5 Things You Must Do if Your Westie Has Diabetes

The National Vet charity, PDSA, is raising awareness for the millions of people – and pets – living with diabetes. 

Check these five suggestions to spot the symptoms and signs.


“Diabetes can be hard to spot, so it’s important to know the symptoms. One of the first major signs of diabetes in pets is drinking more than usual and, in turn, needing to urinate more often. You might notice an increased appetite, regular vomiting, or that your pet seems under the weather and less energetic. Some of these symptoms may develop slowly over time, so it’s always important to monitor your furry friend – the earlier you spot any changes and contact your Vet, the better. 


“If your dog or cat is diagnosed with diabetes, your Vet may prescribe once or twice daily insulin injections. They will demonstrate how to do this safely at home and can give any additional guidance you may need. Your Vet may also advise introducing a controlled diet, which means feeding your pet specific types of food at the same times each day to help regulate their blood sugar levels.  


“Alongside medical treatment, owners need to take small steps after diagnosis to help our precious pets lead a fulfilling life. Diet and exercise are essential to any pet’s health and wellbeing, but this is especially important for dogs and cats with diabetes. The healthier your furry friend is, the easier their condition will be to control.  


“Stick to a consistent feeding routine and avoid additional foods between meals as this can cause unpredictable changes in blood sugar. Replace extra treats with lots of fuss, play time and attention – they’ll appreciate this just as much as an unhealthy snack!  


“Exercise can affect blood sugar levels, so diabetic dogs and cats will need a set amount, at set times each day. Suddenly increasing or decreasing your pet’s daily exercise could cause their blood sugars to change, so try to keep a steady routine each day and don’t push them too hard.”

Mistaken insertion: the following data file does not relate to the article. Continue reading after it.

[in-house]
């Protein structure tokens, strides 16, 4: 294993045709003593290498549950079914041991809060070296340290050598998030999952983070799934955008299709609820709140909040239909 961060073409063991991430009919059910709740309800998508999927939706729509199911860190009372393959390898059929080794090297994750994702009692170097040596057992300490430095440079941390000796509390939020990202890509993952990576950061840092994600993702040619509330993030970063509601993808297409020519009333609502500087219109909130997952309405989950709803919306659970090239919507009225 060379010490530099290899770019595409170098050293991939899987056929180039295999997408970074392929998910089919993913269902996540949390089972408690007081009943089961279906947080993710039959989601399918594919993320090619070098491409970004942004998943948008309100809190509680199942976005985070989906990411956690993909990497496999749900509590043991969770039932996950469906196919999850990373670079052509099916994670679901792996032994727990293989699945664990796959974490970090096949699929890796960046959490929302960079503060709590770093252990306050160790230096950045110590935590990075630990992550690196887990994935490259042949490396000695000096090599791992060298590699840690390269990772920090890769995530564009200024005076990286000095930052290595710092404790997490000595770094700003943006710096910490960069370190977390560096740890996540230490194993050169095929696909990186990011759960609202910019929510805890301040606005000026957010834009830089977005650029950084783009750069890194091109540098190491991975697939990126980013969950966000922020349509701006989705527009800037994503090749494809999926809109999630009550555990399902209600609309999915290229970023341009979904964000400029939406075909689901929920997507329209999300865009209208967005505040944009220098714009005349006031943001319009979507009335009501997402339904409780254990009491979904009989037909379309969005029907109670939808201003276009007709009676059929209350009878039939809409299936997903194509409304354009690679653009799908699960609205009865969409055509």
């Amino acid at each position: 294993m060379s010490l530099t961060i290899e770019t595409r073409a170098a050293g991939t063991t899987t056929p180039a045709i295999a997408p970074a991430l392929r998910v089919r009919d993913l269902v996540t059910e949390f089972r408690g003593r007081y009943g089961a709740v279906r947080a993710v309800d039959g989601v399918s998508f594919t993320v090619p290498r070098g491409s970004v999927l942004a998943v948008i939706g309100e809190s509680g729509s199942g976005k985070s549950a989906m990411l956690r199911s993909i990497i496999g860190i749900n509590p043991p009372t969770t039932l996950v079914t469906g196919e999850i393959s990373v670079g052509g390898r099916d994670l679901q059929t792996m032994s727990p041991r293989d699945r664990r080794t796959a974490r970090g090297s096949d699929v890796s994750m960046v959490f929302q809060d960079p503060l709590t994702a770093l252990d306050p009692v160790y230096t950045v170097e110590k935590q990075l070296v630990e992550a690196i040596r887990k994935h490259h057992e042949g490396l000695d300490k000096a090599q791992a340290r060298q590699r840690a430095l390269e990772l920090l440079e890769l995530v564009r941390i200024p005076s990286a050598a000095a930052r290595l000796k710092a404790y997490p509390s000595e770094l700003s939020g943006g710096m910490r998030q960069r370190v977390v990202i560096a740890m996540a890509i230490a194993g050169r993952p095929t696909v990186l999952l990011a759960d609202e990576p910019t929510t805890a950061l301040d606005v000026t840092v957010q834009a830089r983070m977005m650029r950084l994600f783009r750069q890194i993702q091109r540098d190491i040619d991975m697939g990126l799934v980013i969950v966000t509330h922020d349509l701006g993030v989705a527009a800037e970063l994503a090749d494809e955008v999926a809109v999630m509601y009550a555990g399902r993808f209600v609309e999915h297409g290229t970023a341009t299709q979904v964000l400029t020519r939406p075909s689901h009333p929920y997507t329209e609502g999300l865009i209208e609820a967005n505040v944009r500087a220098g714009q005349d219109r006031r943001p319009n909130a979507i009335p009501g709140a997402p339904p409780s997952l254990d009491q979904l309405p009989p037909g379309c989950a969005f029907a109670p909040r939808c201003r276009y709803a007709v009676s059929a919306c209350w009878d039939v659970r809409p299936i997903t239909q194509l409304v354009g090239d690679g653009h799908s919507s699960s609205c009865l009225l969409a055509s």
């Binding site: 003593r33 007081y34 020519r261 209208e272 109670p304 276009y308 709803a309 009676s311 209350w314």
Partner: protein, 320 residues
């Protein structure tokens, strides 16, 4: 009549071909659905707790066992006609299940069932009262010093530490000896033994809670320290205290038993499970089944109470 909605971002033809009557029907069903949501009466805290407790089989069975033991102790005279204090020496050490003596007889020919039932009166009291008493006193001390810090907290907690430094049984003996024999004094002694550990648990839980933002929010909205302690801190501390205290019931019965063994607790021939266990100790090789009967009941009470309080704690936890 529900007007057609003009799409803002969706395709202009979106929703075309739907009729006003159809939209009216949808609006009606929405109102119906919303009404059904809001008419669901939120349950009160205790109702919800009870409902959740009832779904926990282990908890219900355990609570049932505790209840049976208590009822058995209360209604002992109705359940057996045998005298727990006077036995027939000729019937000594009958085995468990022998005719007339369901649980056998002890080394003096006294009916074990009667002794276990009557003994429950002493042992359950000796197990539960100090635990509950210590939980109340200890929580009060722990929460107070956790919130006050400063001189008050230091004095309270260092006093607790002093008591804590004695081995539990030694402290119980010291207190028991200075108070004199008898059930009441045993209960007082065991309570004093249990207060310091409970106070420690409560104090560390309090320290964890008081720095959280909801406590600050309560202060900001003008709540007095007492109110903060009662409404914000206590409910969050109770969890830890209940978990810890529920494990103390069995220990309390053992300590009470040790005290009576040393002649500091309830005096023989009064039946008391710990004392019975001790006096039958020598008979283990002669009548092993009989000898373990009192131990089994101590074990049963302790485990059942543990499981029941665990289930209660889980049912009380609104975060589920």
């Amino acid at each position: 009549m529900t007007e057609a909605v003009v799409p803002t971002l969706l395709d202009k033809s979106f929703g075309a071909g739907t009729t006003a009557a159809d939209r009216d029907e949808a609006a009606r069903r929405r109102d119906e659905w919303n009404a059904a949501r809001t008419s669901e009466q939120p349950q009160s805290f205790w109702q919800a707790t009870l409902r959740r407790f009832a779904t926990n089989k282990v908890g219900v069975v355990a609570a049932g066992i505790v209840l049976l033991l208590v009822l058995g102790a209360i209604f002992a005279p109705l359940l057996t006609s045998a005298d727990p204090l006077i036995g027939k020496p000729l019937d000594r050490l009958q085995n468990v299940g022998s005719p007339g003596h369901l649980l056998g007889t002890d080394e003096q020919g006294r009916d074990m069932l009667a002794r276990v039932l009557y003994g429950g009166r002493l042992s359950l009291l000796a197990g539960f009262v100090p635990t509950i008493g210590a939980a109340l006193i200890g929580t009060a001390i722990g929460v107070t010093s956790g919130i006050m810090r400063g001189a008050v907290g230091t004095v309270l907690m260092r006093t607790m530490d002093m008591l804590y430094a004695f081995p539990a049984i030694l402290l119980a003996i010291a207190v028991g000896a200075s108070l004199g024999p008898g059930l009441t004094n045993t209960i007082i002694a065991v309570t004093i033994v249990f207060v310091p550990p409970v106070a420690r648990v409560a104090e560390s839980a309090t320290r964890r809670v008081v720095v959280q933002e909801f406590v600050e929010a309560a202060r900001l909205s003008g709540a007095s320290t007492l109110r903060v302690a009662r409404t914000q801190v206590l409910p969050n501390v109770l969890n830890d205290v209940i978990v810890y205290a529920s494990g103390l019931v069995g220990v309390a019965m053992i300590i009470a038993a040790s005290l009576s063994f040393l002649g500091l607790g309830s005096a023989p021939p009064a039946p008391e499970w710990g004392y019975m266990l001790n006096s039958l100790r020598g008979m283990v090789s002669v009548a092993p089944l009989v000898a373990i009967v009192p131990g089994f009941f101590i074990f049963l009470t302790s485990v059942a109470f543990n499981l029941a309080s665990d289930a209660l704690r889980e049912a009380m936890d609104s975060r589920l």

PDSA Vet Nurse Nina Downing said: “Diabetes is a disease that develops when your pet’s body can’t produce enough insulin to control their blood sugar level, causing it to become dangerously high. It usually develops when the body attacks the insulin producing cells in the pancreas, which can sometimes happen after pancreatitis.

Obesity can also be a cause of diabetes in cats and can make the condition harder to manage in dogs. If left untreated, diabetes can lead to a potentially life-threatening condition called ‘diabetic ketoacidosis’ (DKA).  

 Most well-managed diabetic pets that respond to treatment can have long, happy lives. However, diabetes cannot be cured, so ongoing treatment and management of diet and exercise is needed. This does take commitment and hard work and can cost a lot of money over your pet’s lifetime, so please speak with your Vet if you have any concerns about treating diabetes in your pet.  

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